Who's Fitter?

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29/04/2011 at 13:14
genetics play a big role but its vastly overrated by untrained and slow people imo

i dont believe anyone is achieving the maximum of their ability (at optimum age) running a 4hour marathon
29/04/2011 at 20:01
A 3 hour marathon runner could run a marathon on 3 hours, or take 4 hours if they chose.

A 4 hour marathon runner would have to do a lot more training and get much fitter in order to run in 3 hours.

Therefore the 3 hr runner is quicker.

However if you think differently, presumably you would claim that this guy is fitter than Geoffrey Mutai:


29/04/2011 at 23:12

As I said at the beginning I'm assuming two identical runners.

If one runner is 60kg he may use approx 2760 calories. In three hours he's done 920 cals/hour.

If the other is 90kg he may use approx 4150 calories. In four hours he's done 1039 cals/hour.

Just something else to consider.

30/04/2011 at 23:21

who cares?

01/05/2011 at 07:31
as lisider says

the objective of running races is to get from a-b as fast as possible. On the results it doesnt mention your height, weight, how much you can bench press or put an asterix next you your name if you have rubbish technique

(well not in the races ive entered anyway )
seren nos    pirate
01/05/2011 at 07:47
Crazytown Emperor wrote (see)
genetics play a big role but its vastly overrated by untrained and slow people imo i dont believe anyone is achieving the maximum of their ability (at optimum age) running a 4hour marathon

optimum age...................now thats an interesting point...............how on earth could you measure an optimum age..........surely different for everyone and different for different distances .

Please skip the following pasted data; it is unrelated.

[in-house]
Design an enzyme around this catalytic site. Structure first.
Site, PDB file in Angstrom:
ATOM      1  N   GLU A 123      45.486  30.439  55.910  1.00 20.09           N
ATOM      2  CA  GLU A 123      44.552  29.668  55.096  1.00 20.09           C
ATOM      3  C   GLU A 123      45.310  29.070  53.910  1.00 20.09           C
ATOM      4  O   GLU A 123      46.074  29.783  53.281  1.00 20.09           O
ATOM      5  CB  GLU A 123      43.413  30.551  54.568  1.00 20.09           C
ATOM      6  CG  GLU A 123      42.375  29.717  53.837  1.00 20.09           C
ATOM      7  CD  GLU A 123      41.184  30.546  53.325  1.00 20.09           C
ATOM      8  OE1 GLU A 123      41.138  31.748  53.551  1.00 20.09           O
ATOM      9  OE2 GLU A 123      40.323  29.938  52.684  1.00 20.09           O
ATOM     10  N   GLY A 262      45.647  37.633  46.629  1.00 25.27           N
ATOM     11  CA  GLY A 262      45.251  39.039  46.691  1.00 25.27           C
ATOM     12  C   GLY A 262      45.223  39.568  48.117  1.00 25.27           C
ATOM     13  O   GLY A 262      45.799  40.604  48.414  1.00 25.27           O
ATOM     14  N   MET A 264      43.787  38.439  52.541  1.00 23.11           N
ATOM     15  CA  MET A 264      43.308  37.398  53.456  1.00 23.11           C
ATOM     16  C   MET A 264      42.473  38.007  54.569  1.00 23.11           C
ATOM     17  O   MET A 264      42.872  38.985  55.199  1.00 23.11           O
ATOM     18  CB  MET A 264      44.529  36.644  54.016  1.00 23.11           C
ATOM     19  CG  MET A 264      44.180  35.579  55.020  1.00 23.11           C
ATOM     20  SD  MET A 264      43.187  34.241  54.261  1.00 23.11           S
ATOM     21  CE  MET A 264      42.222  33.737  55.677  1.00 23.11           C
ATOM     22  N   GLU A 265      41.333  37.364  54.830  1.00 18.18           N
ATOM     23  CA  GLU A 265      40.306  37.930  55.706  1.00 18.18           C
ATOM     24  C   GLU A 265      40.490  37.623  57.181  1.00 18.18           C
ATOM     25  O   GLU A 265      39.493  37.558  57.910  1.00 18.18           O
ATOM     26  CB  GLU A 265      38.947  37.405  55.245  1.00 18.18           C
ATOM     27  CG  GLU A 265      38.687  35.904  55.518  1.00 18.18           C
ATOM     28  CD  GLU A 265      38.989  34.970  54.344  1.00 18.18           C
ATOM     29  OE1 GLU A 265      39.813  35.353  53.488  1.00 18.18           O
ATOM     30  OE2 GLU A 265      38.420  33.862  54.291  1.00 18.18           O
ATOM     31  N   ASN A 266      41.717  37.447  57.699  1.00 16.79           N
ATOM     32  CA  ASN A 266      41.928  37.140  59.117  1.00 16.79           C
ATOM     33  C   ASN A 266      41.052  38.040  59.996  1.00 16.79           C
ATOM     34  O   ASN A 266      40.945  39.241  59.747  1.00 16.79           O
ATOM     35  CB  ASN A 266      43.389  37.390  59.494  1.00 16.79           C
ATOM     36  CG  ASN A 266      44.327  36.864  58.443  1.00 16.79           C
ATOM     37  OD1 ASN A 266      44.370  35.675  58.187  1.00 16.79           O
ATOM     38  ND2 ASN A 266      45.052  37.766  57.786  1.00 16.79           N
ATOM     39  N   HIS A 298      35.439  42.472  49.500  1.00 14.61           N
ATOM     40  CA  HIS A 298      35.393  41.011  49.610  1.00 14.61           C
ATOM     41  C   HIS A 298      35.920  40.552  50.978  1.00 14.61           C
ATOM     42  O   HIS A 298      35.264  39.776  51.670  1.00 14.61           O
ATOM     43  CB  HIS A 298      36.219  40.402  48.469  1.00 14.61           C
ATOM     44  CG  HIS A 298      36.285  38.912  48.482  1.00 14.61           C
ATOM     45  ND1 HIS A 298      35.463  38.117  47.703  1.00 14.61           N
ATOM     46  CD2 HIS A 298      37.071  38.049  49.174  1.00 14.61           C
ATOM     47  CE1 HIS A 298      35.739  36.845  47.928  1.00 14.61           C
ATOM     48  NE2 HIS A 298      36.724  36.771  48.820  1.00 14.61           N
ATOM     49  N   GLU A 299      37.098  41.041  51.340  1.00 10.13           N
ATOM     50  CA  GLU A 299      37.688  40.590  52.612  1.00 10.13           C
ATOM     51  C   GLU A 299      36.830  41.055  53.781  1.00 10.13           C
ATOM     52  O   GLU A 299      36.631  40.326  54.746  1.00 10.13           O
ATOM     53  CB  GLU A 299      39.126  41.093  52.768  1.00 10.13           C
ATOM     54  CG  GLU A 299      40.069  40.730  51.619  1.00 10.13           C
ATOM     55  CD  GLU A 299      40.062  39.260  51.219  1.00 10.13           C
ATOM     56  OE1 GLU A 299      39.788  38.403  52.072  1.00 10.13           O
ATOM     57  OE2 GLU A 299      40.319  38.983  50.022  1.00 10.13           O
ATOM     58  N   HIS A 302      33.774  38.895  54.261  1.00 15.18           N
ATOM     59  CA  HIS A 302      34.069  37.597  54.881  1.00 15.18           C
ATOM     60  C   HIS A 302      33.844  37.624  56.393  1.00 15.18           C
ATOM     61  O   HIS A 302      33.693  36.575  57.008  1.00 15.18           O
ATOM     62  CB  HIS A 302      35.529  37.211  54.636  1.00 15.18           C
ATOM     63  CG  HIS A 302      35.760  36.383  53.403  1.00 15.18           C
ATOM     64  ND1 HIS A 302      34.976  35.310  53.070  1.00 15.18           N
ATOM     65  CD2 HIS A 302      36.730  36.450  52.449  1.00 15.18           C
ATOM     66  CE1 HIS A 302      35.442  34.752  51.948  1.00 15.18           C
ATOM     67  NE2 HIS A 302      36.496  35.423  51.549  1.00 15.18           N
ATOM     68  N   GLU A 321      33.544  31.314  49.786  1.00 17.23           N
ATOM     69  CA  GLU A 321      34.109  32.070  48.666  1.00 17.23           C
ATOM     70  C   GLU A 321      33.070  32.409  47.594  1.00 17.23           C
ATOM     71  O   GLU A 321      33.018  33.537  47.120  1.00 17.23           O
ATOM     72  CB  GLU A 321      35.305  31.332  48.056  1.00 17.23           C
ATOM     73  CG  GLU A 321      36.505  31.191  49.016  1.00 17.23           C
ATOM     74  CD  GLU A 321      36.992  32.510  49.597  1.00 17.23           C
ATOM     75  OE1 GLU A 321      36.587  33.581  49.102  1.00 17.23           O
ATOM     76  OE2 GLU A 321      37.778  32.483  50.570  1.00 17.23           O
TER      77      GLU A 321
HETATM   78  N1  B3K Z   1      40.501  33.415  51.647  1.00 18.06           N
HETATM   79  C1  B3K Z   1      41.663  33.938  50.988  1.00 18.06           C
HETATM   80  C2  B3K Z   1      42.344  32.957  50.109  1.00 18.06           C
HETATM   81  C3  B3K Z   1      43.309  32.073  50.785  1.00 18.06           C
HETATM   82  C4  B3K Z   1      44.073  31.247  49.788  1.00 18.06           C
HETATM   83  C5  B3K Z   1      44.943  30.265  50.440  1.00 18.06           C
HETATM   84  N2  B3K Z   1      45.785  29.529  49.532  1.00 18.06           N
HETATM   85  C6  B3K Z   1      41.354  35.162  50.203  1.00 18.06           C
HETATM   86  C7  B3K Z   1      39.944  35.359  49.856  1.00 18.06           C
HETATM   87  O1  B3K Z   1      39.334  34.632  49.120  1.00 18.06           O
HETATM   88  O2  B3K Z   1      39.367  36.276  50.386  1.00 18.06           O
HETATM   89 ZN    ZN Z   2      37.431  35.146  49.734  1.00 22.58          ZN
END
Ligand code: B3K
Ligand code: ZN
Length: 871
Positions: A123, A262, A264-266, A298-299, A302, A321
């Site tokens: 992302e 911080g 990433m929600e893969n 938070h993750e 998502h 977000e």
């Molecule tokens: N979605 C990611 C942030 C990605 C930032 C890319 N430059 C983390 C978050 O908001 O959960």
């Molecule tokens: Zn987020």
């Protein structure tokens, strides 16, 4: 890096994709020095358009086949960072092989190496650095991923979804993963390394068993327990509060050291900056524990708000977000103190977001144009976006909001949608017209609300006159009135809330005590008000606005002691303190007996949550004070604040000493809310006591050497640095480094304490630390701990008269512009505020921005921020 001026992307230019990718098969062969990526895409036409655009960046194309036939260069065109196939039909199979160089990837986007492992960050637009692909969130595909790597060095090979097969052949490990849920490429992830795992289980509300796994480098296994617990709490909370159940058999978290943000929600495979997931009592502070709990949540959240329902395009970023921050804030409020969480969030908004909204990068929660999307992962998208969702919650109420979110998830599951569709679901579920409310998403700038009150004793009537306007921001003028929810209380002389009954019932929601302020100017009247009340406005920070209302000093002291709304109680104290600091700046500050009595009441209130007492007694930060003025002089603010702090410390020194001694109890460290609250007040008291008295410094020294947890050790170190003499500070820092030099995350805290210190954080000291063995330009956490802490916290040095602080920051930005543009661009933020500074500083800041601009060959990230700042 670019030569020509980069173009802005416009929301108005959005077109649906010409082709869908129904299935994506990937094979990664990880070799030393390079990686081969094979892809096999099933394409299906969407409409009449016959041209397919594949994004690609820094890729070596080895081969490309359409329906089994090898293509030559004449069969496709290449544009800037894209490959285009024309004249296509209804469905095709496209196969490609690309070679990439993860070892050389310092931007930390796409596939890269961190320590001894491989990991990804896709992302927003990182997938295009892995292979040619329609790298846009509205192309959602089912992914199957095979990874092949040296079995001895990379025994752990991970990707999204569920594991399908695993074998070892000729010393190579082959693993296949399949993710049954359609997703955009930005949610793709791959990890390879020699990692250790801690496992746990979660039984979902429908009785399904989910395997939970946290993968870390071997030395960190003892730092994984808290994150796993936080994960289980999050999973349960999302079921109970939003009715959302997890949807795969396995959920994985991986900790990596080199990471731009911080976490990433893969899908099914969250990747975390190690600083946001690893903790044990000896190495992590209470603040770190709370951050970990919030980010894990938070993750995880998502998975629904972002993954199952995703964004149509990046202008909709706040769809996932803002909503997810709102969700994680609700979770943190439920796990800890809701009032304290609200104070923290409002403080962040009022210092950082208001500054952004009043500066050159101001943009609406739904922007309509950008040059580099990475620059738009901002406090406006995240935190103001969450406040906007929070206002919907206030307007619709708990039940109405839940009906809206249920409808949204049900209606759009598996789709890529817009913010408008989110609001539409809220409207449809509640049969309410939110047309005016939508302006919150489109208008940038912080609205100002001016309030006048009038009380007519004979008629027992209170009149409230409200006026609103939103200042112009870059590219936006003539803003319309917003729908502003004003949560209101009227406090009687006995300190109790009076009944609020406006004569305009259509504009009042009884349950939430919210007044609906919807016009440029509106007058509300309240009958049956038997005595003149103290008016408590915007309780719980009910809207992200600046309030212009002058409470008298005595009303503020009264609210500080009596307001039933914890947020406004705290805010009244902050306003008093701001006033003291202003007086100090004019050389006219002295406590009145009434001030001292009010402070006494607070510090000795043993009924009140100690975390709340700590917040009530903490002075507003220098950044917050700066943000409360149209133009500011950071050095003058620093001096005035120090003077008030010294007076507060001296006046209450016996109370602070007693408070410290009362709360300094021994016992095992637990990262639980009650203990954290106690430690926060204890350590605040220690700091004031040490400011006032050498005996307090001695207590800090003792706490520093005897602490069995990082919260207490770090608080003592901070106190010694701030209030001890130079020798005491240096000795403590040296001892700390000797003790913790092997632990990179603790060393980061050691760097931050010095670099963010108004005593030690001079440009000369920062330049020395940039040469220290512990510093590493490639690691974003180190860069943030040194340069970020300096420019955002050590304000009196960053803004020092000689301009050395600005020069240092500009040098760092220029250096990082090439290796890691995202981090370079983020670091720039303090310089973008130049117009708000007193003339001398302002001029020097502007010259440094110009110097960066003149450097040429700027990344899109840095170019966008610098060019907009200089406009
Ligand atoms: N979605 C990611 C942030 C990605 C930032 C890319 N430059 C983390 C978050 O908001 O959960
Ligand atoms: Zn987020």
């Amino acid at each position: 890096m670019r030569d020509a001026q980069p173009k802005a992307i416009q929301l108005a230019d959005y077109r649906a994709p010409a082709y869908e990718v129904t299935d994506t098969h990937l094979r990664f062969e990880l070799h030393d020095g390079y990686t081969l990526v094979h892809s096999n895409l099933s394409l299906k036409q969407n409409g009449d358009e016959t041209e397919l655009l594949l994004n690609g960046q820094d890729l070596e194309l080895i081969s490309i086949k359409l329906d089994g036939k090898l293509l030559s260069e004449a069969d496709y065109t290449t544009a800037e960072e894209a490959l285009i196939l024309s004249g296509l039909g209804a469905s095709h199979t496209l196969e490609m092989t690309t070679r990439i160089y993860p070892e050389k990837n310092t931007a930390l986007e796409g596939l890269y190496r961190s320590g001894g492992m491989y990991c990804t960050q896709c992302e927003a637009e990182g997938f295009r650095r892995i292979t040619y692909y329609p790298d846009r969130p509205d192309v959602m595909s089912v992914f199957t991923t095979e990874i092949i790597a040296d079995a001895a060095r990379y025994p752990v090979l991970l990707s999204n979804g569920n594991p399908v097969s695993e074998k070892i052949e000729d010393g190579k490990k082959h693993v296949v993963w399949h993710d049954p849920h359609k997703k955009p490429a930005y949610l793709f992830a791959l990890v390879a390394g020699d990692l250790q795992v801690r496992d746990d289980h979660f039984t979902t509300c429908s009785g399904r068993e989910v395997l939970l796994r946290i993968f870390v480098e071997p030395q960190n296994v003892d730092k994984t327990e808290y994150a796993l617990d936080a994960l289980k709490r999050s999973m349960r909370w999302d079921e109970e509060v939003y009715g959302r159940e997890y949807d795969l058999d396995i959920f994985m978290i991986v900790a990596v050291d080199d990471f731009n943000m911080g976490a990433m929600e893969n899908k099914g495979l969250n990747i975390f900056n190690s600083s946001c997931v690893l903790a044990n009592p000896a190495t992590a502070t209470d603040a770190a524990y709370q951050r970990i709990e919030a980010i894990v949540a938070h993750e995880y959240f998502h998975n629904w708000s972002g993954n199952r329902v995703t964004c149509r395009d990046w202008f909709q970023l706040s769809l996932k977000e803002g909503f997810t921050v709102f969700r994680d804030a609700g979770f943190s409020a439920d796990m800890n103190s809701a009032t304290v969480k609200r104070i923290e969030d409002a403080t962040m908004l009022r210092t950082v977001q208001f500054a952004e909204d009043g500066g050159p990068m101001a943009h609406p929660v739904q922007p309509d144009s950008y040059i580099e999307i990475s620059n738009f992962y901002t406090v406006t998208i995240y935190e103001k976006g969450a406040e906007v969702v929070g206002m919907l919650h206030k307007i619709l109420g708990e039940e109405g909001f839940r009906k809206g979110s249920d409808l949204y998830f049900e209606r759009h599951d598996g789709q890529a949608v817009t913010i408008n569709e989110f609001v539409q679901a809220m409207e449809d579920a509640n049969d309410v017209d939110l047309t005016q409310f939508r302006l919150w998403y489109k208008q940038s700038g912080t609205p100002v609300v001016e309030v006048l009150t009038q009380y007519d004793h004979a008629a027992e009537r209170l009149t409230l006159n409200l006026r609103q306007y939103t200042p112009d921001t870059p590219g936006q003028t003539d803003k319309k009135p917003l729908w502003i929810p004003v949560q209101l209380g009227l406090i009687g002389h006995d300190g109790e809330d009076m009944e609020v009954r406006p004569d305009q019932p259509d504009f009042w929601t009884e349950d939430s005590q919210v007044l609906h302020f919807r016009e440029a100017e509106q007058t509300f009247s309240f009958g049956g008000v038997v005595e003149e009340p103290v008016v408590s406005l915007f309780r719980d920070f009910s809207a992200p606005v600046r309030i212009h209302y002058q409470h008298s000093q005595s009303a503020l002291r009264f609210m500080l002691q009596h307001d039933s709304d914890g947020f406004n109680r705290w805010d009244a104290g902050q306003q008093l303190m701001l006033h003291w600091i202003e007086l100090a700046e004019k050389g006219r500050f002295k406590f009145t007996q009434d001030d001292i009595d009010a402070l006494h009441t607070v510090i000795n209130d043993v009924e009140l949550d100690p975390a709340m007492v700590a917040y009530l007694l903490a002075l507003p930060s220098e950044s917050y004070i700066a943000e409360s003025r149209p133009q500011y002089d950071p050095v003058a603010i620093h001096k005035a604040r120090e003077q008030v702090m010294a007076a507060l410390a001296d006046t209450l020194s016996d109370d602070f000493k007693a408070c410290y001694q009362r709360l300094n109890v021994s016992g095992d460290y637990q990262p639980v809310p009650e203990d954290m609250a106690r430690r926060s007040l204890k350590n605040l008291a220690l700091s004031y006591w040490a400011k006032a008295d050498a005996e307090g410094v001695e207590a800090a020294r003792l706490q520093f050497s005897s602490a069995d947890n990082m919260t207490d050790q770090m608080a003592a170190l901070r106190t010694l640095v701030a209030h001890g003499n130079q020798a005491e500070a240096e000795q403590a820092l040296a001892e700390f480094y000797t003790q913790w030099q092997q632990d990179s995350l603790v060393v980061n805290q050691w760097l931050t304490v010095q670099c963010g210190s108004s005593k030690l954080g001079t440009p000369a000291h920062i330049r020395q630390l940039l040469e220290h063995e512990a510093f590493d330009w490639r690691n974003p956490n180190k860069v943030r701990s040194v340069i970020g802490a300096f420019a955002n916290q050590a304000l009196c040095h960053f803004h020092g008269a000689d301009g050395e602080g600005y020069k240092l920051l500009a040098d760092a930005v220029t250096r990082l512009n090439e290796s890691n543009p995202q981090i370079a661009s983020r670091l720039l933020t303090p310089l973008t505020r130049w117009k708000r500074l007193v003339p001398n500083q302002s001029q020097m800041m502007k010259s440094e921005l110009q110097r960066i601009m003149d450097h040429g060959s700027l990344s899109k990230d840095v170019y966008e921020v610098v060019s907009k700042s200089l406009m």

what did you actually mean by optimum age........

01/05/2011 at 08:08
(Hoping that the answer, along with Life, the Universe and Everything, will be 42)

According to this article Seren Optimum marathon age is somewhere between 20 - 35. I'm 36

01/05/2011 at 14:34
i meant optimum age in a broad sense. id accept a 75yr old has serious limitations compared to someone in their late 20s

seren nos    pirate
01/05/2011 at 16:14
Keir............as I only started running in m late 30's then I was already outside my optimum age................but glad that I am still at a stage i can get faster
02/05/2011 at 21:58

Look at it a different way: a runner completes a 2010 marathon in 3hr 55. They spend the next year training their backsides off, enter the same marathon in 2011. They cross the finish line in 2hr 55.  Have they lost fitness?

(I would like to know what training plan they used)

Re: calories burned - the heavier an object (be that HGV, runner, wheelbarrow full of potatoes) the more energy it takes to move that object across a given distance (be that diesel, calories burned or strength pushing said wheelbarrow)  Therefore the heavier runner is only burning more because he is heavier.  OH and I occasionally run together and he burns more than me even though he covers the same distance in the same time (and his heart rate is likely to be lower than mine as he can run faster than me with less effort)